By December 18, 2008 0 Comments Read More →

Can You Give Away an Ending That’s Not There?

(Some books are ruined if you know the ending. I personally feel you’ll be more likely to have a positive experience with this book if you do know the ending, so I’m going to reveal it. If you don’t believe me, stop here.)


You think it’s detective fiction, but it’s not. Sure, the hero of The Jerusalem File is a security expert and is doing a favor for a friend, trailing the friend’s wife and her so-called cousin, but when he finally has a chance to trap them, he turns away and lets them go. As for his investigations, they lead him nowhere. No major clues are ever found. There are no revelations. His friend fires him.

  Okay, since it’s not detective fiction, then maybe it’s a noir. The hero certainly becomes morally complicated with the femme fatale. She’s intriguing, obviously lying, sensual and reckless and fascinating, and the sixty-year-old hero is stumbling over himself in deceptions of his own to continue with his investigations. Then the wife’s lover is killed, and she turns to the hero to find his killer. Now he’s gone from working for the husband to working for the wife, and soon he’s not even trying to find the truth anymore, he’s working to sustain a flickering chance of a relationship between himself and the wayward Deborah Kaye.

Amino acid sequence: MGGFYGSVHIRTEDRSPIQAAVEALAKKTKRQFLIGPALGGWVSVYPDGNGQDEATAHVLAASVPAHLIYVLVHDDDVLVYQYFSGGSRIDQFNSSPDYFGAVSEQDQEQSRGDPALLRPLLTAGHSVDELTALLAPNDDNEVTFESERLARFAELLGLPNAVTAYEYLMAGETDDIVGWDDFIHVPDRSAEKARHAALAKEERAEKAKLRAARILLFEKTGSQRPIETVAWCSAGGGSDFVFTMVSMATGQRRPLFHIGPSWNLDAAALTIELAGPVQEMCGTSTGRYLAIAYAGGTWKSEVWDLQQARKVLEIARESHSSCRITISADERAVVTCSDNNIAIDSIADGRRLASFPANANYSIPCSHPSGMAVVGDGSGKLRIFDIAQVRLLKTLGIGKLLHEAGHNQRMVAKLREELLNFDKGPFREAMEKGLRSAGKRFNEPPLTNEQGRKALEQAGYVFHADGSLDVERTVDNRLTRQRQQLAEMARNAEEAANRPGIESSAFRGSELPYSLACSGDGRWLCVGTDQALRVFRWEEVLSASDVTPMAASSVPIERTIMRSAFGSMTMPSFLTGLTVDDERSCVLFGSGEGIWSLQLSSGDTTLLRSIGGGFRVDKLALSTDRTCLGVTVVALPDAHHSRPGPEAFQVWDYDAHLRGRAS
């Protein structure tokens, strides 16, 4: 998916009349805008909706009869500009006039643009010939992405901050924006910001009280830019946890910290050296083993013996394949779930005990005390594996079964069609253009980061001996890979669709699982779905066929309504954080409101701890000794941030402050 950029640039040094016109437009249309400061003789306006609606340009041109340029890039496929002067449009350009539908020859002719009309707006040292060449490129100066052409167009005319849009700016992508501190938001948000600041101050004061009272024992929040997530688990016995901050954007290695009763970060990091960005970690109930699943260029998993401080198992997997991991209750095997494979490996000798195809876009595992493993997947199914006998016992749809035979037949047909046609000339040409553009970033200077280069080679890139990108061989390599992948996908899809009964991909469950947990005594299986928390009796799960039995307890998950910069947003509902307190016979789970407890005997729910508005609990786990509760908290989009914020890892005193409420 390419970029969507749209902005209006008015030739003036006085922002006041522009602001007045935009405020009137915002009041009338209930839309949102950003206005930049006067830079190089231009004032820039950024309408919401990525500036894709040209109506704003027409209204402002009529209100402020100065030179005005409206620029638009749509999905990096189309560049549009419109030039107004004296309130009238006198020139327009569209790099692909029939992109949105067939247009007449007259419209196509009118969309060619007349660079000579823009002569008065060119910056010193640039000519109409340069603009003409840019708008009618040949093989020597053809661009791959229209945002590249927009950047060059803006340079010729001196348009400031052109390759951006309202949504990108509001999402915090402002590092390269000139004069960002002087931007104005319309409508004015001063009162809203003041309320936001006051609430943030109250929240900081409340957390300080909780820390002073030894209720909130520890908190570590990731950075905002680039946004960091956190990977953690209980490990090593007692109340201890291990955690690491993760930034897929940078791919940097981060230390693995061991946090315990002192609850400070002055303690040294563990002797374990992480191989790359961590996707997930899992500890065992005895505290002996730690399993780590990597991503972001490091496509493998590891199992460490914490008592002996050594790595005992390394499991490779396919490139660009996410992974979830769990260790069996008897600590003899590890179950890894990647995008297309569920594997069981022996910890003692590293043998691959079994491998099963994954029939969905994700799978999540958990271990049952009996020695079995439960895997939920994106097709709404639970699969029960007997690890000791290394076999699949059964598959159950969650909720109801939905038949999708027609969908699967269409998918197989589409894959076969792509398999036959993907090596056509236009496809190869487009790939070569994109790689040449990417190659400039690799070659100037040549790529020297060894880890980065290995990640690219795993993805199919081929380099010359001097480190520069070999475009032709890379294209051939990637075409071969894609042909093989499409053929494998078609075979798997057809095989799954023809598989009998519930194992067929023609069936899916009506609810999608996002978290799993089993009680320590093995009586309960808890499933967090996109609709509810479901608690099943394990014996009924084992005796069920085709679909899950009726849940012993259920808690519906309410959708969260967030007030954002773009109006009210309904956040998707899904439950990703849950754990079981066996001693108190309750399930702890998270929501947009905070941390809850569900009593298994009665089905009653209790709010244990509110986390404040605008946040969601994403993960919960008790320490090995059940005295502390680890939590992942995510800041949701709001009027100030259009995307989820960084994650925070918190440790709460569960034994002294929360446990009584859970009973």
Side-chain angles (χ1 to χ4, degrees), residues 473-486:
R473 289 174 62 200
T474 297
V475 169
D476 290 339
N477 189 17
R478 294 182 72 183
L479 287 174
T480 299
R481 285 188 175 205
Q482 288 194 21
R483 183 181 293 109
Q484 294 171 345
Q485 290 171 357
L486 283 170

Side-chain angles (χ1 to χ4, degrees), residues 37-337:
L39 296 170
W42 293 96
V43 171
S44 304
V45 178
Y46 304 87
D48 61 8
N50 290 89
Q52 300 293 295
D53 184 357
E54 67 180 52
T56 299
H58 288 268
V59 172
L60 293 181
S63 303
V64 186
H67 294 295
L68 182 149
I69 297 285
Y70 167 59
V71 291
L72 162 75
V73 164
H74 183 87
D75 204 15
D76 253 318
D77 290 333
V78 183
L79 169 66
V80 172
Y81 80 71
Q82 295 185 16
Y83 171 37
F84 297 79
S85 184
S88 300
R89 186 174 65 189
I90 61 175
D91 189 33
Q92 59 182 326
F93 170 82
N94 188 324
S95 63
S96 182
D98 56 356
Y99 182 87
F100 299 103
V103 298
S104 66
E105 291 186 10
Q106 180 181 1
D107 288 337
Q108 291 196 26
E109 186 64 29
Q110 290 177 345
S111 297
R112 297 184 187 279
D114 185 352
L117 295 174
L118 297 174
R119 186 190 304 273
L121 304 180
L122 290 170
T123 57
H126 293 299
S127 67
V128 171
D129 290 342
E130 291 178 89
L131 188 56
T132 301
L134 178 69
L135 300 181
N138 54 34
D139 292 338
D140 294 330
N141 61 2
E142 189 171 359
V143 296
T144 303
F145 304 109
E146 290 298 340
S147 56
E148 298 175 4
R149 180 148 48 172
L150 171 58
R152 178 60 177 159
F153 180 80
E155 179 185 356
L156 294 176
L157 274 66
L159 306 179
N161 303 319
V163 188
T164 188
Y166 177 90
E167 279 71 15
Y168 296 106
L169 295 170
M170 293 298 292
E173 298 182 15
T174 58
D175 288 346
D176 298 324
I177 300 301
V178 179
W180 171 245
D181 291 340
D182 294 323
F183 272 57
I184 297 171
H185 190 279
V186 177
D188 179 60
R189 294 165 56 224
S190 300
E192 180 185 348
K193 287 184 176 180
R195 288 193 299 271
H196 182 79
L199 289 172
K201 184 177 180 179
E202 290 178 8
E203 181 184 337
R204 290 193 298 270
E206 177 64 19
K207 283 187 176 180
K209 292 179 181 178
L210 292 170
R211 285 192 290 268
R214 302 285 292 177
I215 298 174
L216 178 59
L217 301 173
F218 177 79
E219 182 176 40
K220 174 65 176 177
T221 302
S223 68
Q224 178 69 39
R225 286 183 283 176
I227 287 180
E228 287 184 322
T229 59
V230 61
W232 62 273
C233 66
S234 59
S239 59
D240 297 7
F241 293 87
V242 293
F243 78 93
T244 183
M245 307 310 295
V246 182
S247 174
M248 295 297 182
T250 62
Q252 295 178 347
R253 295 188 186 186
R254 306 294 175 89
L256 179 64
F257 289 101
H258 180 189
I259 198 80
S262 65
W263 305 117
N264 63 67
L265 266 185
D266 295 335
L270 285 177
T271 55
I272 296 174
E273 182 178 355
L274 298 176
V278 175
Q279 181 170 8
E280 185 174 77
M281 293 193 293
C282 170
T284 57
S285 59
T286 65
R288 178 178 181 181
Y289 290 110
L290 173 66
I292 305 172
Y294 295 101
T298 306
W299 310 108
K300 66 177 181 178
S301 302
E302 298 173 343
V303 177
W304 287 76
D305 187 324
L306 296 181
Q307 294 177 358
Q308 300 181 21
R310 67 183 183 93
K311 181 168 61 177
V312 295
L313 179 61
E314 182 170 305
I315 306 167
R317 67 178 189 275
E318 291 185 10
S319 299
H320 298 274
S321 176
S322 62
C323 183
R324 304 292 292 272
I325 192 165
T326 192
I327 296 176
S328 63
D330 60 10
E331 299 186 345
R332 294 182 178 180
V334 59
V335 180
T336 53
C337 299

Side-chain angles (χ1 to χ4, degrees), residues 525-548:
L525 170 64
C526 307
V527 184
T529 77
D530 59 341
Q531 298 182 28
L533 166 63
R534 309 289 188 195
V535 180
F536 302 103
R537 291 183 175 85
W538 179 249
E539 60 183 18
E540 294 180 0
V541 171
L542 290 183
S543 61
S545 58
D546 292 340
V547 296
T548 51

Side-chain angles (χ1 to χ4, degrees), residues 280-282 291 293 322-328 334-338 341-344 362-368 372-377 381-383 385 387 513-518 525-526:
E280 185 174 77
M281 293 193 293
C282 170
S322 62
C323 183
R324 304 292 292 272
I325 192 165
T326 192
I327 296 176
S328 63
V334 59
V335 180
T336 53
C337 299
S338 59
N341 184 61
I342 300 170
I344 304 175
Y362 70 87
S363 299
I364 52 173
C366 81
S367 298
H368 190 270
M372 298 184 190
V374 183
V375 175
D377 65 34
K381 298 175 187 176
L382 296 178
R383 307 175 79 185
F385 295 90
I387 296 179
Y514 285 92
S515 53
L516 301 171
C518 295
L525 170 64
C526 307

Well, if you think there’s going to be an ending, you’ve got another think coming. The hero only becomes more and more morally compromised. By the last chapter he’s up to his neck in a deadly erotic quagmire of a triangle, and… and… and… well, that’s it – he remains there as the novel closes.

The Jerusalem File by Joel Stone is an elegant little piece, honestly composed, simple in its reach and yet highly sensitive and complex in its approach, a “slice of life” novel that appears to fall into multiple genres while eluding all of them.

At first the ending – or lack of an ending – utterly annoyed me. I kept waiting for a pay-off that never happened. I read the last sentence. Where’s the surprise? Where’s the trick of pulling all the threads together at once? No tricks, no surprises, no nifty ending, just a fadeout. Now, a day later, I’m no longer quite so disappointed, more fascinated at Stone’s being such a rule-breaker, setting up expectations and then flying in the face of them, again and again, while setting the entire thing in Jerusalem, where life insurance comes with a small extra charge for terrorism.

That I’m still thinking about this book, puzzling over the ending, trying to see exactly what the book was and not what it wasn’t, convinces me it would make a jim-dandy book for a book club discussion, particularly for a reading group interested in the Israeli/Palestinian conflict. Jerusalem is practically living, breathing character in the novel, fascinating and timeless and dangerous, Deborah Kaye is properly alluring, and Stone’s thoughts on terrorism, sprinkled throughout, are sane, informed, and compassionate.



About the Author:

Nick DiMartino is a university bookseller in Seattle, WA. He was a Booklist contributor from 2007 to 2009 and is the author of Seattle Ghost Story (1998) as well as numerous plays.

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